The normal study load expectation for an undergraduate full-time course of study in the standard academic year is 120 credit points. This amounts to around 36-42 hours of expected teaching and learning per week, inclusive of attendance requirements for lectures, seminars, tutorials, practical work, fieldwork or other scheduled classes, private study, and assessment. Part-time study load is the same as full-time pro-rata, with each credit point representing 10 hours of student effort.
Postgraduate Master’s courses typically comprise 180 credits, taken in three semesters when studied full-time. A Postgraduate Certificate (PGCert) comprises 60 credits and can usually be completed on a part-time basis in one year. A 120-credit Postgraduate Diploma (PGDip) can usually be completed on a part-time basis in two years.
Class contact times vary by course and type of module. Typically, for a module predominantly delivered through lectures you can expect at least 3 contact hours per week (lectures/seminars/tutorials). Laboratory classes often require a greater intensity of attendance in blocks. Some modules may combine lecture and laboratory. The precise model will depend on the course you apply for and may be subject to change from year to year for quality or enhancement reasons. Prospective students will be consulted about any significant changes.
Assessment methods vary and are defined explicitly in each module. Assessment can be a combination of examination and coursework but may also be only one of these methods. Assessment is designed to assess your achievement of the module’s stated learning outcomes. You can expect to receive timely feedback on all coursework assessment. The precise assessment will depend on the module and may be subject to change from year to year for quality or enhancement reasons. You will be consulted about any significant changes.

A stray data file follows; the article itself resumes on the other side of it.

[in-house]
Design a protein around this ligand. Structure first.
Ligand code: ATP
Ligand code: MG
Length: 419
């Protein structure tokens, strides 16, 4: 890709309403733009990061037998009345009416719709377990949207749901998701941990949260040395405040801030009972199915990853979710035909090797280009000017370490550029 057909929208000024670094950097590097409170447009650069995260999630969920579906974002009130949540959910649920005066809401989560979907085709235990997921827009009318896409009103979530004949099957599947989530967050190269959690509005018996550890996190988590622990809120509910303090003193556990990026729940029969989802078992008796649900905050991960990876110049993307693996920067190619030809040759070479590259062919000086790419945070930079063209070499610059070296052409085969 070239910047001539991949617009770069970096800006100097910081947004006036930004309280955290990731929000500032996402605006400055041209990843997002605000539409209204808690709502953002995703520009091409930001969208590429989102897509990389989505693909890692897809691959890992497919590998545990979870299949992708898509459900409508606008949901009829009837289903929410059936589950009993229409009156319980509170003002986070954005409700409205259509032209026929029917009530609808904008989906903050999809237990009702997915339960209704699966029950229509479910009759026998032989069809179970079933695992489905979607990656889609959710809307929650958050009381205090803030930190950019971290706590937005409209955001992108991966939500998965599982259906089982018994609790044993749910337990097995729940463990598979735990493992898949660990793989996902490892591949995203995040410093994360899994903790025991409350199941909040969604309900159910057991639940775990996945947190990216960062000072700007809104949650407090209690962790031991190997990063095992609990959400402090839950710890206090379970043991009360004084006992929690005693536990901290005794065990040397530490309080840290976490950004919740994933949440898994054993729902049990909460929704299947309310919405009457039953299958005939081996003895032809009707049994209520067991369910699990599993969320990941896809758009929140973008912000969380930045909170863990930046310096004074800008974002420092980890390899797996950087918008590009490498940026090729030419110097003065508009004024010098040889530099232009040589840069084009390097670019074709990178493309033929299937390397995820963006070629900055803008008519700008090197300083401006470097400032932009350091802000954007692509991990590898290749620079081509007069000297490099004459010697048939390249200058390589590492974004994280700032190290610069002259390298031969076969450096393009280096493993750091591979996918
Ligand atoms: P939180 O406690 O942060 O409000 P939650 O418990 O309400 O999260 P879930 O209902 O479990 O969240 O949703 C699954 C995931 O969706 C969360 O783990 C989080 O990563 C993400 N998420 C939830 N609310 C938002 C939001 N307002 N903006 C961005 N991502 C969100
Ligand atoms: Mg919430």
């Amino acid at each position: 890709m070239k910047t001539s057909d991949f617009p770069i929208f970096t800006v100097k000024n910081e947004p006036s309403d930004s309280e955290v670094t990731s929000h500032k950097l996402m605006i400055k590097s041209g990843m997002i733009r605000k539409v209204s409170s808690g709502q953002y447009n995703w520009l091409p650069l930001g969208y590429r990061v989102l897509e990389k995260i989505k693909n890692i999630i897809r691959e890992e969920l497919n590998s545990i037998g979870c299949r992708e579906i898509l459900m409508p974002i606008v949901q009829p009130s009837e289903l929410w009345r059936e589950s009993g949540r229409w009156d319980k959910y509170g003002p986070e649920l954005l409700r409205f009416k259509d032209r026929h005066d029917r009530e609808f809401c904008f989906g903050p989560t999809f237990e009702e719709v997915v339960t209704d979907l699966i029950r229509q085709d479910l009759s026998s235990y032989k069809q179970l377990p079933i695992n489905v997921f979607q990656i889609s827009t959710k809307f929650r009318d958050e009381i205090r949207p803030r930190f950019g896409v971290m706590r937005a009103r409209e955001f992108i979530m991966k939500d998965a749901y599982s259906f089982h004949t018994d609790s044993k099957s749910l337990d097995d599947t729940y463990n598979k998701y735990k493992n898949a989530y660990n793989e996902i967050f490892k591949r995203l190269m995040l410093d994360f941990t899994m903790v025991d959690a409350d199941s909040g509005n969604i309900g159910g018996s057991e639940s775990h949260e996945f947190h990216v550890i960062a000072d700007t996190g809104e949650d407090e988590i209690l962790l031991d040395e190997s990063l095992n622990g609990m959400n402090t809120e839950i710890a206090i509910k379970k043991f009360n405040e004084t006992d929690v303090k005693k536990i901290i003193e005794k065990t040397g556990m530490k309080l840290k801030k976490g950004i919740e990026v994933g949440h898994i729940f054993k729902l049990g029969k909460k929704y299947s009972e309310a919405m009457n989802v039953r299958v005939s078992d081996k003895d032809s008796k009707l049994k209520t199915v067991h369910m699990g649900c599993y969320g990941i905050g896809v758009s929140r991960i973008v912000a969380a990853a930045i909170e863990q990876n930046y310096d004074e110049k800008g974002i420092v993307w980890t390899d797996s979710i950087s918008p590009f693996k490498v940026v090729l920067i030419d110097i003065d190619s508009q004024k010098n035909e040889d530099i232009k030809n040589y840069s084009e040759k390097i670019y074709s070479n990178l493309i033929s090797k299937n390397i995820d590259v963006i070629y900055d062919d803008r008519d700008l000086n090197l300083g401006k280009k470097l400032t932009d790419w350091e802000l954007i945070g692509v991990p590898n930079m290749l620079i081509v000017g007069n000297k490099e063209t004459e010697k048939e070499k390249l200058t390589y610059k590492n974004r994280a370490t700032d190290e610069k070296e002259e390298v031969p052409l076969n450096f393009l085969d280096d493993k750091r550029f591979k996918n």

Coursework can take many forms, for example: essay, report, seminar paper, test, presentation, dissertation, design, artefacts, portfolio, journal, group work. The precise form and combination of assessment will depend on the course you apply for and the module. Details will be made available in advance through induction, the course handbook, the module specification and the assessment timetable. The details are subject to change from year to year for quality or enhancement reasons. You will be consulted about any significant changes.
Normally, a module will have 4 learning outcomes, and no more than 2 items of assessment. An item of assessment can comprise more than one task. The notional workload and the equivalence across types of assessment is standardised.
Calculation of the Final Award
The class of Honours awarded in Bachelor’s degrees is usually determined by calculation of an aggregate mark based on performance across the modules at Levels 5 and 6, (which correspond to the second and third year of full-time attendance).